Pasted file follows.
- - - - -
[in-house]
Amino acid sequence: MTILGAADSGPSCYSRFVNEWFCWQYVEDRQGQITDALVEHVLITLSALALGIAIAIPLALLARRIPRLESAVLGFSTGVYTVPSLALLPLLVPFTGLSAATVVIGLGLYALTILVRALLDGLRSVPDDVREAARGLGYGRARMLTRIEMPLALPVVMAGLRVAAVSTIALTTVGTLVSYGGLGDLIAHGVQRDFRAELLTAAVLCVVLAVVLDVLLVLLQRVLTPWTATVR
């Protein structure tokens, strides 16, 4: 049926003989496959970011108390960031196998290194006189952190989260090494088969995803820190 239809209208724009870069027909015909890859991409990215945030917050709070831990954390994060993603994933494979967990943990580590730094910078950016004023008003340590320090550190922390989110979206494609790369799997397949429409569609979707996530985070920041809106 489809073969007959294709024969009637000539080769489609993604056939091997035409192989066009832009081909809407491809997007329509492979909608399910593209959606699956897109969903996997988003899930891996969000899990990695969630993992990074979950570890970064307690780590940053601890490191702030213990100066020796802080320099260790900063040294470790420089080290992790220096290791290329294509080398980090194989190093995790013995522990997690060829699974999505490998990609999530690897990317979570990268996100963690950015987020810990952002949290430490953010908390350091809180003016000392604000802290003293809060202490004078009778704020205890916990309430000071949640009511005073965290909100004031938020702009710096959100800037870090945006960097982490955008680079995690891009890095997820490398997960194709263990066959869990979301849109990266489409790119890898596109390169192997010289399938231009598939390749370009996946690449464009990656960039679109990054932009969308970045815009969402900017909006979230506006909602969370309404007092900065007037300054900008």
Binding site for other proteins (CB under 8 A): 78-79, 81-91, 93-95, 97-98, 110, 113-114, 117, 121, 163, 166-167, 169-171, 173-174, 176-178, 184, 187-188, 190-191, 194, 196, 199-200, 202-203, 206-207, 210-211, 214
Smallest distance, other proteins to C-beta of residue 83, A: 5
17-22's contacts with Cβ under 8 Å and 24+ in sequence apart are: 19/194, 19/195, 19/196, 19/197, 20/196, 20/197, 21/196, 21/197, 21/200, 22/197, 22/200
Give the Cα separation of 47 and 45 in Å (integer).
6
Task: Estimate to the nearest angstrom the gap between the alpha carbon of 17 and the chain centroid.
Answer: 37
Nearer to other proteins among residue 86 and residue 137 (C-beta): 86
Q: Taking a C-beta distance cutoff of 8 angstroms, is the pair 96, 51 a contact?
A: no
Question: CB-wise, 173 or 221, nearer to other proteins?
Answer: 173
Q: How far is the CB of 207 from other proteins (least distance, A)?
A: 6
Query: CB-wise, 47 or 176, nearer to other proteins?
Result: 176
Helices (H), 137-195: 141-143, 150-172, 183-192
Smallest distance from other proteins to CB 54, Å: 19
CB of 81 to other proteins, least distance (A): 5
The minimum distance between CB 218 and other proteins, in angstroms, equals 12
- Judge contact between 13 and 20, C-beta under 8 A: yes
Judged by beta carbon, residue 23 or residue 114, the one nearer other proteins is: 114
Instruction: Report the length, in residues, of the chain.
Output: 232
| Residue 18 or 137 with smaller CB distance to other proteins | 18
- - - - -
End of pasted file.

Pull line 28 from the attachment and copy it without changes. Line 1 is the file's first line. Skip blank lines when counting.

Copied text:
| Residue 18 or 137 with smaller CB distance to other proteins | 18